Leading chambers are learning to live with rate pressures and demands for more direct access, says Katy Dowell
As London’s top sets ride the litigation boom they are also having to face up to the realities of working in a changed commercial environment, where economic pressures are more intense than ever.
Growth has slowed marginally for the top 10 in the past financial year. During 2008-09 the top civil sets collectively turned over £346.5m. This figure increased by 8.6 per cent to £376.3 in 2009-10 and by 7.3 per cent to £404m in 2010-11.
Yet there has been little movement in chambers’ rankings. Only Blackstone Chambers, with its broad base that stretches from commercial cases to the public sector, moved up the table, posting a turnover of £42.4m to take fourth place from Fountain Court, which had a turnover of £41m.
In terms of revenue per barrister (RPB), Fountain Court comes third after Wilberforce Chambers, which benefited from its stellar pensions practice, and 7 King’s Bench Walk. Fountain Court posted £719,000 for each of its 57 members while Wilberforce posted an RPB of £800,000 for 50 members and 7 King’s Bench Walk posted £727,000 for 48 members.
Ahead of all three sets in terms of turnover are One Essex Court and Brick Court Chambers. The latter pipped the former to the top spot with a turnover of £47m, up by 10.6 per cent from £42.5m, beating One Essex Court’s £46.5m, which was up by 12 per cent from £41.5m.
Neither set managed to eclipse Fountain Court or Wilberforce in terms of RPB. Brick Court, which is home to 37 barristers and 36 QCs, including one of the country’s most highly paid silks – Jonathan Sumption QC – produced an RPB of £644,000 compared with £637,000 for One Essex Court, which has 47 barristers and 26 silks including Tony Grabiner QC.
These sets continue to dominate the bar, pulling in some of the most lucrative cases around. According to One Essex Court senior clerk Darren Burrows, it has been another “record year” thanks to several high-value cases reaching the appellate courts and the rise in international matters.
The unwinding of the global banking markets, which began with the collapse of Lehman Brothers in September 2008, is now being scrutinised by the courts.
Cases regarding allegations of international mis-selling and fraudulent activity on a global scale are being argued around the globe by leading domestic barristers.
According to Fountain Court director of clerking Alex Taylor, the bar continues to attract instructions from abroad because its expertise in banking and finance law outranks its peers’.
“Fountain Court, Brick Court Chambers, One Essex Court, Essex Court Chambers and 3 Verulam Buildings are the go-to sets for banking and finance litigation,” he says. “It’s because of our reputation in this field and our banking and finance heritage. We’re in a very fortunate position.”
That said, Taylor recognises that the downturn has meant that clients are taking more control of their finances. While rates might not be down significantly in more specialised areas such as complex financial disputes, there is a sense that disciplined financial management is becoming the norm in litigation.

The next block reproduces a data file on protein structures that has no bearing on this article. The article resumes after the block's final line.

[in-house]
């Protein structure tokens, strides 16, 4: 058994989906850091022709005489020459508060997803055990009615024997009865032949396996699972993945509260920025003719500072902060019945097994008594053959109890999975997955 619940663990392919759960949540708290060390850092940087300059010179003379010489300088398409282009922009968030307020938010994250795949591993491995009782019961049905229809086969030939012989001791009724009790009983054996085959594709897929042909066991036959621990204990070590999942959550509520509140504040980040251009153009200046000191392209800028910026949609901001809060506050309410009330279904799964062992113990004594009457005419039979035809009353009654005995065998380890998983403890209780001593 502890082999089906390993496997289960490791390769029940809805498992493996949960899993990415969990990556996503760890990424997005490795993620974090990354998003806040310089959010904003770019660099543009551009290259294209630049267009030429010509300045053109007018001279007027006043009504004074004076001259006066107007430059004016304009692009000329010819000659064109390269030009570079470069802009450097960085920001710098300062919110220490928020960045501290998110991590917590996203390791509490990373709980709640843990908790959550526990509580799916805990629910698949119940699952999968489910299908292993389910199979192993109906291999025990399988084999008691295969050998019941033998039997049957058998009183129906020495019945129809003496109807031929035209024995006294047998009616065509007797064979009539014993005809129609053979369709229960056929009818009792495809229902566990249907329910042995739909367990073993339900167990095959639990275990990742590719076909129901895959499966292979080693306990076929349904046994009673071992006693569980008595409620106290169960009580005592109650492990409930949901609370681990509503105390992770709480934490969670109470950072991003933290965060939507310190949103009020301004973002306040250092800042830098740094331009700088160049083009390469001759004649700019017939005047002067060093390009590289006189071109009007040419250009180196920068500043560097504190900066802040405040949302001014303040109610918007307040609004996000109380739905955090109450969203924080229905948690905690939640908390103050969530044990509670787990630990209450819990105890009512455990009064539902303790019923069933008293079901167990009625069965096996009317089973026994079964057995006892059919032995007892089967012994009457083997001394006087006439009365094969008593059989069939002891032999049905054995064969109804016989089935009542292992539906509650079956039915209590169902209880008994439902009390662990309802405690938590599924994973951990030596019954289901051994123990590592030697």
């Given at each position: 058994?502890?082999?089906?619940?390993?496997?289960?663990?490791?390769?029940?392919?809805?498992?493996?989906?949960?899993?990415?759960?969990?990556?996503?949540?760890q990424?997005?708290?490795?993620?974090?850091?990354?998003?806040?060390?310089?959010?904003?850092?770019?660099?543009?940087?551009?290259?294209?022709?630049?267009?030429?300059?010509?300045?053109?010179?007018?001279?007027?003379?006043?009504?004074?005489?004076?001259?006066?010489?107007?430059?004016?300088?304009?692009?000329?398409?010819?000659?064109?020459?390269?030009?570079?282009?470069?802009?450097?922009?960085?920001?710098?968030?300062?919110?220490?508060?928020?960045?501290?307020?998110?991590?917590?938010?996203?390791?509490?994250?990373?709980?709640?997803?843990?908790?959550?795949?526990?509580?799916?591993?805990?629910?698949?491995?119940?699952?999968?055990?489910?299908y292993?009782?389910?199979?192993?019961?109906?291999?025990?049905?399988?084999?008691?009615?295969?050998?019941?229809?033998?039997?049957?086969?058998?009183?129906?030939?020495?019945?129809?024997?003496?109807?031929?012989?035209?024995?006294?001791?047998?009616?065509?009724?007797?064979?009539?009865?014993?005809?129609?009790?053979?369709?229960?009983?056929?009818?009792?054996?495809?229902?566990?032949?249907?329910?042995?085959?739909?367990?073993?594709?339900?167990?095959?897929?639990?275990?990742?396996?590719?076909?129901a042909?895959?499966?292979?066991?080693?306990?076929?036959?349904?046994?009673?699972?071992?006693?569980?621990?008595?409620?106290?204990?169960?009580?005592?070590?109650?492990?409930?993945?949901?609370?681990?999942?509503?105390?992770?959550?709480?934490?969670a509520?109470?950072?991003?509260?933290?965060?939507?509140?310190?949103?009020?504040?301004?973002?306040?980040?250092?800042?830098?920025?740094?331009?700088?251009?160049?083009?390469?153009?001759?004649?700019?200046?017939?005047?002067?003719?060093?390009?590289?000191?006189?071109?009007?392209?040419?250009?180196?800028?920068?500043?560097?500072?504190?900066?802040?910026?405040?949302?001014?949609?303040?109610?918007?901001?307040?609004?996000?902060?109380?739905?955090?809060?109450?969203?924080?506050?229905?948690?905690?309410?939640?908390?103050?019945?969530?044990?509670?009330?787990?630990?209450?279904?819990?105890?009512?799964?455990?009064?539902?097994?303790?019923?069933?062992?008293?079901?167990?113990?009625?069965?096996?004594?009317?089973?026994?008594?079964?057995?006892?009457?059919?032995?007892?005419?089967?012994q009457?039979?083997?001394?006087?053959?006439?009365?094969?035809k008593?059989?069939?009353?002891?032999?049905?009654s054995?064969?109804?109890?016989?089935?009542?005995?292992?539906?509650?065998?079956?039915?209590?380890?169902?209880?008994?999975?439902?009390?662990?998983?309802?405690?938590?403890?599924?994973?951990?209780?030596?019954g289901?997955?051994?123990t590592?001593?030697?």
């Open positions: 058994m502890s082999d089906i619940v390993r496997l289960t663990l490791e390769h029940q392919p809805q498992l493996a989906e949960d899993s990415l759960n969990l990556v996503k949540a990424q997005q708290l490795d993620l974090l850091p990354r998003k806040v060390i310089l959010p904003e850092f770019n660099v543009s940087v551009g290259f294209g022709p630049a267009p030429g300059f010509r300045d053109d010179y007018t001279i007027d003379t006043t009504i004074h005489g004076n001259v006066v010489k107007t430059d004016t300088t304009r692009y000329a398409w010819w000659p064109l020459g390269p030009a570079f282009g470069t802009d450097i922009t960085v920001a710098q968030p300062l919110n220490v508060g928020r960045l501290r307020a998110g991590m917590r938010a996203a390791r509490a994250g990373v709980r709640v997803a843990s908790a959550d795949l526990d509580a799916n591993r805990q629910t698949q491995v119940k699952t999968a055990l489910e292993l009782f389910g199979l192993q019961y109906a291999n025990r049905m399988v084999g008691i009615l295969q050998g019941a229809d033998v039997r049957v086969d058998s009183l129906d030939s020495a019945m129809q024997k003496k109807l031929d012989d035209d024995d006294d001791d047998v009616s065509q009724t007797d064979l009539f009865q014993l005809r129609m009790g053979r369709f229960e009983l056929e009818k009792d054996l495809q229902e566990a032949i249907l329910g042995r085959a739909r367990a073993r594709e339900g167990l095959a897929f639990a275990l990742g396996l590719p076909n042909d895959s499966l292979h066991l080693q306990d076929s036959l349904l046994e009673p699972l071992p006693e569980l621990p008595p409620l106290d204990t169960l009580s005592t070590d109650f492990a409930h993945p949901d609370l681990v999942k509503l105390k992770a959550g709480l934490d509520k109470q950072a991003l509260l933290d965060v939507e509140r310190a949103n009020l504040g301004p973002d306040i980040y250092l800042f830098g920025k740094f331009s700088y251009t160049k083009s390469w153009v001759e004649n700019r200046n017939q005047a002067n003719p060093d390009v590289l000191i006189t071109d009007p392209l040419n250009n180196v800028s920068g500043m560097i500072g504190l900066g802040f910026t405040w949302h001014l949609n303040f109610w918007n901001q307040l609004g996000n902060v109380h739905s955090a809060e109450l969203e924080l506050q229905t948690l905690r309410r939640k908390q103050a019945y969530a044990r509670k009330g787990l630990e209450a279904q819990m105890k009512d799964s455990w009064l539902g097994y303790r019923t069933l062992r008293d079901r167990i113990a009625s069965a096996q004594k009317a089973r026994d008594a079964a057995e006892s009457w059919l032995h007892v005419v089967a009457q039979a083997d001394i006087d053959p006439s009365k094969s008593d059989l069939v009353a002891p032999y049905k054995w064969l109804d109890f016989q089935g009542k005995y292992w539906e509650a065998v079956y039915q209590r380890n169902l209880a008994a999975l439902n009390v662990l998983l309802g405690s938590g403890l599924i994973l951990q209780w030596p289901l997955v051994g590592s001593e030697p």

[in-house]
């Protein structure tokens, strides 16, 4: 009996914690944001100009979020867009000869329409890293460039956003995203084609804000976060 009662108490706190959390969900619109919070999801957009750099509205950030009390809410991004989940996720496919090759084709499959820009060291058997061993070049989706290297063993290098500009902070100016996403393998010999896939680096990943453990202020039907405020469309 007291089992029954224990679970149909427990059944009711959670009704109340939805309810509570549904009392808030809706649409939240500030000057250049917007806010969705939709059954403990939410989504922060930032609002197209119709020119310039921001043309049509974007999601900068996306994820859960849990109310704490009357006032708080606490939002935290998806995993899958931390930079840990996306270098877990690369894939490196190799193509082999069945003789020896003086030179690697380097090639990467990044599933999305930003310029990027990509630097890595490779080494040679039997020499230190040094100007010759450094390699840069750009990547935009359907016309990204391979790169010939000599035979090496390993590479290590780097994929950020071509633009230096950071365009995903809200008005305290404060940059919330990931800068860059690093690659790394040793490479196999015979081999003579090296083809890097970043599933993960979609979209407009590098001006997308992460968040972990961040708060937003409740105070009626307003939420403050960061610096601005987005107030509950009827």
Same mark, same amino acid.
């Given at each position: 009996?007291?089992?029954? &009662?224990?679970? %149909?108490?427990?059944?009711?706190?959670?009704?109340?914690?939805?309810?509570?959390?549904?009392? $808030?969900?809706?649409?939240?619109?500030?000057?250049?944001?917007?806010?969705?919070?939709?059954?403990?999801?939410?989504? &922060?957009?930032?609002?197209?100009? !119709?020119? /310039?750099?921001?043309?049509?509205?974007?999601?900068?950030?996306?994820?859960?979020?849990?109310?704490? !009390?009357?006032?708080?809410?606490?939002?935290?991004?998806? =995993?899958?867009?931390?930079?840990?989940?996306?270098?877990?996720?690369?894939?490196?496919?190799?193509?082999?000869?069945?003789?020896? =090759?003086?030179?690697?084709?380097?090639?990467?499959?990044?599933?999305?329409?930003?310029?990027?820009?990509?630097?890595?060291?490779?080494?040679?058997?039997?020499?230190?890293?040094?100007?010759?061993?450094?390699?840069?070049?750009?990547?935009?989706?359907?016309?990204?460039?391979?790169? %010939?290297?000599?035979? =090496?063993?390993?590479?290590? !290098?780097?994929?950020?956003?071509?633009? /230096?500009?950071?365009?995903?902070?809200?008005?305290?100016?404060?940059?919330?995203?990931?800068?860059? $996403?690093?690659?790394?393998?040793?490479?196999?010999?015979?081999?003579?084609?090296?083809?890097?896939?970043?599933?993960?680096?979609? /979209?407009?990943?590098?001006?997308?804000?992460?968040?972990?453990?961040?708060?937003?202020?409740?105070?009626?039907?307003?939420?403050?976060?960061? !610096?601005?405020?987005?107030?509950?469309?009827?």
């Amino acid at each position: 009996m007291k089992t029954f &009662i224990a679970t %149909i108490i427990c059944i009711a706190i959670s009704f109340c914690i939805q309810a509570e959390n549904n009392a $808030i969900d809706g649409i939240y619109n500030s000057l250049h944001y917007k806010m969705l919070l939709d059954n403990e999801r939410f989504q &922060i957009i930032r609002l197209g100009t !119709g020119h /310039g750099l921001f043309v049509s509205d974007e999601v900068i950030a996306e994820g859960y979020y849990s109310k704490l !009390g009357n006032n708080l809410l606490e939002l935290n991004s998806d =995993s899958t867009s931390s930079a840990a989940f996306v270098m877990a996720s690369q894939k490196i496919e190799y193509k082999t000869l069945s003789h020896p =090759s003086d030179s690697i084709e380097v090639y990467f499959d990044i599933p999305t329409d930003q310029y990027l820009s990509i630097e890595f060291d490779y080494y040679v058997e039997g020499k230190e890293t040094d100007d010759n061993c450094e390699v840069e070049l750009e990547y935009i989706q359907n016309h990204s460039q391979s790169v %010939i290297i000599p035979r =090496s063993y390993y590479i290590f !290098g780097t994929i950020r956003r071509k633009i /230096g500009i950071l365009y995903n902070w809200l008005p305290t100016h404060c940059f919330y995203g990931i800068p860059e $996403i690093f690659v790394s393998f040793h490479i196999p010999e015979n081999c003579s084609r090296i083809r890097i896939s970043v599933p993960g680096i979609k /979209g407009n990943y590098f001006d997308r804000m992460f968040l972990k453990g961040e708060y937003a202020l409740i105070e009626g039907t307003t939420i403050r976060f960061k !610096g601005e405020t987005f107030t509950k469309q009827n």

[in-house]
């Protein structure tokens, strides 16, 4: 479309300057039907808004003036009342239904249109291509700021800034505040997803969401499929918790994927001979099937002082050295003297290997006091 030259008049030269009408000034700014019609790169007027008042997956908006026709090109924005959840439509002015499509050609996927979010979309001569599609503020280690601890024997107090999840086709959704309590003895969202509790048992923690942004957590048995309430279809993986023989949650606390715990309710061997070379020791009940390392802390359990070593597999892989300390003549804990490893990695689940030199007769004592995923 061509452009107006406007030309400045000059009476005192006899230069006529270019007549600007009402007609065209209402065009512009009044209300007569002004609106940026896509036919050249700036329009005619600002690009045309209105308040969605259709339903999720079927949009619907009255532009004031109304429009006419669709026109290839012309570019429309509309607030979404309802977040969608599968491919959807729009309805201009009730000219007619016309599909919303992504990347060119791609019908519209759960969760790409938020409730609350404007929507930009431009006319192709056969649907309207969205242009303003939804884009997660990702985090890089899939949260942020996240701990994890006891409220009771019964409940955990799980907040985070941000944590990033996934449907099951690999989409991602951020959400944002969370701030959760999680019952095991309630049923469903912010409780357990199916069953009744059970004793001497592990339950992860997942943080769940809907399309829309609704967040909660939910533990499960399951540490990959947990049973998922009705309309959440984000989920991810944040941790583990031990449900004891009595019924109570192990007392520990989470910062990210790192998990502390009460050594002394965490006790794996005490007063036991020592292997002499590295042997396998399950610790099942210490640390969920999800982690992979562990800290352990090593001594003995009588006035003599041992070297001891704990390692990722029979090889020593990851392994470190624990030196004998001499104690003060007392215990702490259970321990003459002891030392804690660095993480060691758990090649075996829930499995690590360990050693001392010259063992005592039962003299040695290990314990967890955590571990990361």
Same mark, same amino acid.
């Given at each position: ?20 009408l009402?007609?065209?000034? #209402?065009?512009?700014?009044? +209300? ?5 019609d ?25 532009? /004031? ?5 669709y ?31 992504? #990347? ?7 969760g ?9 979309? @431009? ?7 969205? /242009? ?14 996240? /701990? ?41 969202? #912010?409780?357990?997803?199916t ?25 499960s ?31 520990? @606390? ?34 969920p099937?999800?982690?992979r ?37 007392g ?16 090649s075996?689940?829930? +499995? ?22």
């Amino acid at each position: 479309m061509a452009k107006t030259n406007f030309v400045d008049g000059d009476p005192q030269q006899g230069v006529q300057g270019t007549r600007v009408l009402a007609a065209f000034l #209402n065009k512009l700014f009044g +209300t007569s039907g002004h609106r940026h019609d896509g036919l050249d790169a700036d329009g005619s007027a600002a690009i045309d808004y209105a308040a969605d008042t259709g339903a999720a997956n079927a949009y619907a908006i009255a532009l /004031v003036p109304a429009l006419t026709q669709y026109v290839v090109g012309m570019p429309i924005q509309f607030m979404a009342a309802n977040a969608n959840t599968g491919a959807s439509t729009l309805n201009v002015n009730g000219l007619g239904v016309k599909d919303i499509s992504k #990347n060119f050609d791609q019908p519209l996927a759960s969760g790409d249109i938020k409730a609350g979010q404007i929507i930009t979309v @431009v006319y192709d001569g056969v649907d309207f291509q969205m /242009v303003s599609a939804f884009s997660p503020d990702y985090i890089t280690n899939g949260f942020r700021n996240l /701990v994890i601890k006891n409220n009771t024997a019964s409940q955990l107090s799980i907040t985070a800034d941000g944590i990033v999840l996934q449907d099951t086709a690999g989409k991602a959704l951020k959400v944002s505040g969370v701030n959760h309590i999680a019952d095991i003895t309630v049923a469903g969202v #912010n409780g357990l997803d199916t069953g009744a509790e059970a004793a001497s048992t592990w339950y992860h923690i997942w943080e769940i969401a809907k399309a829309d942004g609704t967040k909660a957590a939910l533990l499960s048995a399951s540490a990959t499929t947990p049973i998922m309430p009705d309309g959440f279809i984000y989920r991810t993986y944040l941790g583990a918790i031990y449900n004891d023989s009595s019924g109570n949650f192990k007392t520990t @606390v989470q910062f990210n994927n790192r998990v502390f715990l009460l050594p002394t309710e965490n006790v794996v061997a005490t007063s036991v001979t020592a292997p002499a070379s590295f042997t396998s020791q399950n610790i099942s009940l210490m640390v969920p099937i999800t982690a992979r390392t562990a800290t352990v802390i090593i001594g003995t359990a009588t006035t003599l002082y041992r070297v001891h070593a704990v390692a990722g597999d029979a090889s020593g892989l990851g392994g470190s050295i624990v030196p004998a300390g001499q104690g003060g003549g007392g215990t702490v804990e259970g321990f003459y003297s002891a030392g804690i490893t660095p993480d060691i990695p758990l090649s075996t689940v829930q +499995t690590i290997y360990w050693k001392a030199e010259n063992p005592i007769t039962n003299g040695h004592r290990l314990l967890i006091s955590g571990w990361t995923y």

“All companies are looking at legal spend,” agrees Burrows. “There was a big intake of breath in 2008 when firms were asking for rate cuts and everyone was running health checks to make sure their spend was sustainable.
“There was real pressure and clients wanted flexible rates. In some areas that’s continued, in others it’s subsided.”
What is clear is that clerks are expected to deliver more for their solicitor clients. Traditionally, sets would send out bill estimates on a quarterly basis, but demands for weekly estimates are starting to creep in and monthly billing, according to one clerk, “is not unusual”.
Taylor says it is a positive change that has created better financial management internally. Blackstone senior clerk Gary Oliver agrees that there has been a concerted effort to tighten up when it comes to collecting payments.
“Our eyes were wide open when Lehman went under – we have to realise our cashflow,” he comments, adding that remaining flexible is the key. “Some people still like hourly rates and some who are doing largescale litigation will agree a brief fee paid in instalments.”
With the set’s public law expertise, Blackstone’s barristers are often instructed by regulators in disputes. Most recently, Dinah Rose QC acted for Ofcom on its dispute with BSkyB and Monica Carrs-Frisk QC was instructed by the FSA on its dispute with the British Bankers’ Association over payment protection insurance.
According to Oliver, in these cases “bills are sent out and paid within a month”.
Pressure on rates is also driving direct access instructions to the bar. This is a phenomenon that unnerves barristers because it pitches them squarely against solicitor clients for work.
“There’s been more demand from in-house counsel and more bar panels have been created,” one clerk says, “but it hasn’t been a revolution. We’re always careful about direct access instructions – we don’t want to upset regular referrers by taking work away from them.”
Rather than shying away from direct access instructions, some sets are using their relationships with in-house counsel to shift the power balance between the firms and the sets.
Wilberforce first junior clerk Danny Smillie says: “The bar’s had to adapt and become more commercially minded and accessible. Barristers are expected to be part of a team, and be more involved in all aspects of case management and client relationships.”
Despite the bar’s wariness chambers can benefit from direct instructions, and it puts them in an enviable position when it comes to referring work back to solicitors.
Click below to view larger table.